Hundreds of thousands are closer to an April 1 tax cut.
The Senate Local Government and Taxation Committee approved legislation Thursday afternoon that would end taxes on media streaming subscription services, a levy applied to customers of companies like Netflix, Spotify, Pandora and Hulu.
If the bill wins approval on the Senate floor and a signature from Gov. Butch Otter, the tax would end April 1.
If that happens, it would save taxpayers approximately $331,000 through the fiscal year’s end, June 30. Or so officials think.
Though the tax applies in theory, no one is sure if companies or consumers are actually remitting it to the state. The Idaho State Tax Commission cannot legally disclose that.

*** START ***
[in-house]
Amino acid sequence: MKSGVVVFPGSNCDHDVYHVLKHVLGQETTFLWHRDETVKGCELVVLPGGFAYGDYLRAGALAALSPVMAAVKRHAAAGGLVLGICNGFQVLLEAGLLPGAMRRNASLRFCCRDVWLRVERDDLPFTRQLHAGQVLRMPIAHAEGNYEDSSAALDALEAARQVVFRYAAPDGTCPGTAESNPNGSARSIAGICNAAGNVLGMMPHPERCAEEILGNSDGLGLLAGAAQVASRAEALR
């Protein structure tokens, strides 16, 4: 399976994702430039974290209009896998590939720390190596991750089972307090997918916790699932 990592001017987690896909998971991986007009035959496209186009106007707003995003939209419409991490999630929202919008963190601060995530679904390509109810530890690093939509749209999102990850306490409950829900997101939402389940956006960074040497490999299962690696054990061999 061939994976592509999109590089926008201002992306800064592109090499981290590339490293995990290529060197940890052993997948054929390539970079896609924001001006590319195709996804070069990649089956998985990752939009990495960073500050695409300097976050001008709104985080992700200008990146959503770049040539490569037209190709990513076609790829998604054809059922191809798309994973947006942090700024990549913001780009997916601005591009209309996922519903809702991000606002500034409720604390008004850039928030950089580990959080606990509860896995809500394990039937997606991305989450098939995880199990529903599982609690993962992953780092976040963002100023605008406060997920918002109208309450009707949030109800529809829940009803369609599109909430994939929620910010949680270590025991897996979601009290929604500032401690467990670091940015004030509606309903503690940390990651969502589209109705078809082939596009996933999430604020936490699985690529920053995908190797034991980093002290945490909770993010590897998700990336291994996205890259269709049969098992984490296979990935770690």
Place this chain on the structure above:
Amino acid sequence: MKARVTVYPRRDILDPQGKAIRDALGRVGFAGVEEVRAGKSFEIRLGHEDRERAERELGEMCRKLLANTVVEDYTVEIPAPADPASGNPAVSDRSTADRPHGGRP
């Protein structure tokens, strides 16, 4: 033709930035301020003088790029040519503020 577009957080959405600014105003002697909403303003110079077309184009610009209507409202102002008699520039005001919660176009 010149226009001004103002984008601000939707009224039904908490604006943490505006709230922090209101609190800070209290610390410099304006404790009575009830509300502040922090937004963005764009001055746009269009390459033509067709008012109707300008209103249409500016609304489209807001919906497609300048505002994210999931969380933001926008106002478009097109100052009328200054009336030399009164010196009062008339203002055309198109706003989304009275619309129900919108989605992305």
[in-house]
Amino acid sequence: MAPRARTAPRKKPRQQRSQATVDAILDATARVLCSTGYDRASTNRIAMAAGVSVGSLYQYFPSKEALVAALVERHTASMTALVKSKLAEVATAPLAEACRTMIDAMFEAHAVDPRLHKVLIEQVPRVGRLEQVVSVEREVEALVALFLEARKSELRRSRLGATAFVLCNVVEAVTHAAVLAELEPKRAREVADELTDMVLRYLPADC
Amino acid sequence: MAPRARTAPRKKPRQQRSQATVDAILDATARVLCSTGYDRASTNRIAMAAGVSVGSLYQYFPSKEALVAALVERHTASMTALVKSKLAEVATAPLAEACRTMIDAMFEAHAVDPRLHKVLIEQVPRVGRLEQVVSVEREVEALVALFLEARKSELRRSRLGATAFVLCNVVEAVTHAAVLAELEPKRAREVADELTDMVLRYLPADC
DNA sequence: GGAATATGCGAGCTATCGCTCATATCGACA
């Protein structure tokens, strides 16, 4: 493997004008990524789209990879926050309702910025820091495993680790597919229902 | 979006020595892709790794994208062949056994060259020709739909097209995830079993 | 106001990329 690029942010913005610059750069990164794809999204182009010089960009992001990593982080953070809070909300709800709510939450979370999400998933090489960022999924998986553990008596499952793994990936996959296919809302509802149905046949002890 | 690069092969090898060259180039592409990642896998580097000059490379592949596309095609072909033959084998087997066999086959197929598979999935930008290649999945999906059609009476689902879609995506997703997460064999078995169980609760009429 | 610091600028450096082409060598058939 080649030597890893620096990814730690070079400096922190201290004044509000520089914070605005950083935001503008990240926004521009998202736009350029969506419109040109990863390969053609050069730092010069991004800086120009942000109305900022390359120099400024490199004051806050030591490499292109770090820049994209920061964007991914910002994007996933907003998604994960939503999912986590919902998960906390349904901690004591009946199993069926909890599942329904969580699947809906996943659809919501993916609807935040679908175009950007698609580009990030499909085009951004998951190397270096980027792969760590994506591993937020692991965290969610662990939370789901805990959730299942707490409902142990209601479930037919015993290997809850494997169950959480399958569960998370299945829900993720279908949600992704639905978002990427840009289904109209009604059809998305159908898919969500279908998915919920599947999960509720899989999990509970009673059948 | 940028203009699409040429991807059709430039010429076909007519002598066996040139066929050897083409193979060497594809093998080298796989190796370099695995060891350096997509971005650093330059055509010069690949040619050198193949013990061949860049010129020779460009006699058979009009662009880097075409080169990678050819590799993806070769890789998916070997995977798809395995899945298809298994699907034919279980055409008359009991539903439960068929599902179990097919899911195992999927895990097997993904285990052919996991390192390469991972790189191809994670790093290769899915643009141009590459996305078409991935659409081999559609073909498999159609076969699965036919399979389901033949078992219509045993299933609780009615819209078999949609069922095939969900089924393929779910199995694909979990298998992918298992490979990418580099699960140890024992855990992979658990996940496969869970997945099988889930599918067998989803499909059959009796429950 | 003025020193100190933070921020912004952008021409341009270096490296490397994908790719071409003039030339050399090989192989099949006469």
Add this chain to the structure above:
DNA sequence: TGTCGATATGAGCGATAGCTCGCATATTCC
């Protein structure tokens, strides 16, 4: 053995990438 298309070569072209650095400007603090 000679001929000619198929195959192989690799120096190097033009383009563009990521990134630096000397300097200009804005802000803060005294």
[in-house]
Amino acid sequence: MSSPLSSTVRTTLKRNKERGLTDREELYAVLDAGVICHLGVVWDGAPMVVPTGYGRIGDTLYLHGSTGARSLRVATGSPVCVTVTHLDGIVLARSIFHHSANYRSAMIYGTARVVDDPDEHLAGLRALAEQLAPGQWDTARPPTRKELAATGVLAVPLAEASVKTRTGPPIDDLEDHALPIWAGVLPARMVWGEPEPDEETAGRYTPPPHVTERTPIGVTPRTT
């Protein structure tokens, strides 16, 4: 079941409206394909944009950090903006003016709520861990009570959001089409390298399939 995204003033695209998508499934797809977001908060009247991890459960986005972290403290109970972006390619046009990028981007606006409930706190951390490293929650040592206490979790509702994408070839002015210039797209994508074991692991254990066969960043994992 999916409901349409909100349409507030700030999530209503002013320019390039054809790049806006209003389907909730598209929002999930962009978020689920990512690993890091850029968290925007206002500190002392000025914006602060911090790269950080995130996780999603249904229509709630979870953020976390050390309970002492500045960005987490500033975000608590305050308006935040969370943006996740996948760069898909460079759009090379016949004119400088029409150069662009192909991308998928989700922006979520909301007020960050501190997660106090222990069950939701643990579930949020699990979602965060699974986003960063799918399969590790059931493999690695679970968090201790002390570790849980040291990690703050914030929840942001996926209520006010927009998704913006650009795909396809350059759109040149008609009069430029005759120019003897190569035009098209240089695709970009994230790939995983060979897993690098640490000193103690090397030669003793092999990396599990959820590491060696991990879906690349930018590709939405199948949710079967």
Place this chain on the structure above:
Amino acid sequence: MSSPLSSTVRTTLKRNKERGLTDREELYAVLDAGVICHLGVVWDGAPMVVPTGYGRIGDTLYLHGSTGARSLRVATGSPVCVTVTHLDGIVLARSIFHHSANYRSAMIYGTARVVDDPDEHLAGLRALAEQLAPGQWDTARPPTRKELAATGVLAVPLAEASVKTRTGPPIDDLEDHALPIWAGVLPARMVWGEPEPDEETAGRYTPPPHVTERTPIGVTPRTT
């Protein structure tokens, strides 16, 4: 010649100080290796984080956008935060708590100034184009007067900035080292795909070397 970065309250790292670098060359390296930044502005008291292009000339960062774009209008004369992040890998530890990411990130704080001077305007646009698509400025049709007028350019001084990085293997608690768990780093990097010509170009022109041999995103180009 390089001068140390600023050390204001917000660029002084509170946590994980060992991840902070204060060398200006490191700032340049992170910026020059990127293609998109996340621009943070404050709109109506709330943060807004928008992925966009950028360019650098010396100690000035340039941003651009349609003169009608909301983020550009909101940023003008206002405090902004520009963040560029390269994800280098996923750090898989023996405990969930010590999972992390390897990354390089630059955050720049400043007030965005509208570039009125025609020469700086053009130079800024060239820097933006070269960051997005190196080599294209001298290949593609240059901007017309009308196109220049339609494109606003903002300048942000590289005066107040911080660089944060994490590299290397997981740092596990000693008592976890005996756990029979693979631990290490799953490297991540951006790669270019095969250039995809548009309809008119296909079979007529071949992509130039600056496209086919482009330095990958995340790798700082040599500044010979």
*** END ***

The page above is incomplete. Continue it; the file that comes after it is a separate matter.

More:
Only Netflix applies the tax to customers’ bills. That’s due to an odd quirk that requires only companies with a physical footprint to charge the tax.
Netflix runs a DVD shipping facility in the Boise area.
Customers of companies without a footprint, like Hulu, Spotify or Pandora, are required to pay the levy with their annual income tax payments. Agency officials admit, though, few Idahoans pay that tax.
Jason Kreizenbeck, the lobbyist presenting the bill, said his measure would treat streaming services as just that -- services. That’s an important distinction because Idaho doesn’t typically tax services.
If the Senate approves the measure and Otter signs it, taxpayers would save at least $1.5 million next fiscal year.
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